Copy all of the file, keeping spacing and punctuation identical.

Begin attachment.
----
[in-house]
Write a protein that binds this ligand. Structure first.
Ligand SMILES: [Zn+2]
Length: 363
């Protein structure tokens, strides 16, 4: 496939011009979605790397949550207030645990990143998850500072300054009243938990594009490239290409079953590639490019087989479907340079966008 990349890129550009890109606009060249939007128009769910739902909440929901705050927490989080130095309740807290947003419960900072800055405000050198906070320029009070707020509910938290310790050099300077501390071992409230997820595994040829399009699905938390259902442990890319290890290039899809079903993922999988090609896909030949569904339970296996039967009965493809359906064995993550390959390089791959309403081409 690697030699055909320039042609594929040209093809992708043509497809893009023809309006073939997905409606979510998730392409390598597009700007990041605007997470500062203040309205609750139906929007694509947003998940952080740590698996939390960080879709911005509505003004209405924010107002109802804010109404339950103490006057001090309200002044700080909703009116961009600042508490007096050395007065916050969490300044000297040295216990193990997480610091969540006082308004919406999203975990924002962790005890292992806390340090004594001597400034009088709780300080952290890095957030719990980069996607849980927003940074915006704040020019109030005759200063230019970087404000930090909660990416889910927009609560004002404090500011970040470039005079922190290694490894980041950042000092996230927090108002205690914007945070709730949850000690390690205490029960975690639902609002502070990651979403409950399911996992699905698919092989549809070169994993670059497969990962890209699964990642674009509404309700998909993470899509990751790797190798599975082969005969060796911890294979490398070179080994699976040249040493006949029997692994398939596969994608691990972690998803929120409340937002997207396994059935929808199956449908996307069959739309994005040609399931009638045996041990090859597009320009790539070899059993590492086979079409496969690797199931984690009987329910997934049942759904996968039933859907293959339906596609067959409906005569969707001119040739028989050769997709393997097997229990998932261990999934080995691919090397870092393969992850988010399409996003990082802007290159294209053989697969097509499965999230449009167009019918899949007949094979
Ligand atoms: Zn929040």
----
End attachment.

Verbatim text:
[in-house]
Write a protein that binds this ligand. Structure first.
Ligand SMILES: [Zn+2]
Length: 363
């Protein structure tokens, strides 16, 4: 496939011009979605790397949550207030645990990143998850500072300054009243938990594009490239290409079953590639490019087989479907340079966008 990349890129550009890109606009060249939007128009769910739902909440929901705050927490989080130095309740807290947003419960900072800055405000050198906070320029009070707020509910938290310790050099300077501390071992409230997820595994040829399009699905938390259902442990890319290890290039899809079903993922999988090609896909030949569904339970296996039967009965493809359906064995993550390959390089791959309403081409 690697030699055909320039042609594929040209093809992708043509497809893009023809309006073939997905409606979510998730392409390598597009700007990041605007997470500062203040309205609750139906929007694509947003998940952080740590698996939390960080879709911005509505003004209405924010107002109802804010109404339950103490006057001090309200002044700080909703009116961009600042508490007096050395007065916050969490300044000297040295216990193990997480610091969540006082308004919406999203975990924002962790005890292992806390340090004594001597400034009088709780300080952290890095957030719990980069996607849980927003940074915006704040020019109030005759200063230019970087404000930090909660990416889910927009609560004002404090500011970040470039005079922190290694490894980041950042000092996230927090108002205690914007945070709730949850000690390690205490029960975690639902609002502070990651979403409950399911996992699905698919092989549809070169994993670059497969990962890209699964990642674009509404309700998909993470899509990751790797190798599975082969005969060796911890294979490398070179080994699976040249040493006949029997692994398939596969994608691990972690998803929120409340937002997207396994059935929808199956449908996307069959739309994005040609399931009638045996041990090859597009320009790539070899059993590492086979079409496969690797199931984690009987329910997934049942759904996968039933859907293959339906596609067959409906005569969707001119040739028989050769997709393997097997229990998932261990999934080995691919090397870092393969992850988010399409996003990082802007290159294209053989697969097509499965999230449009167009019918899949007949094979
Ligand atoms: Zn929040």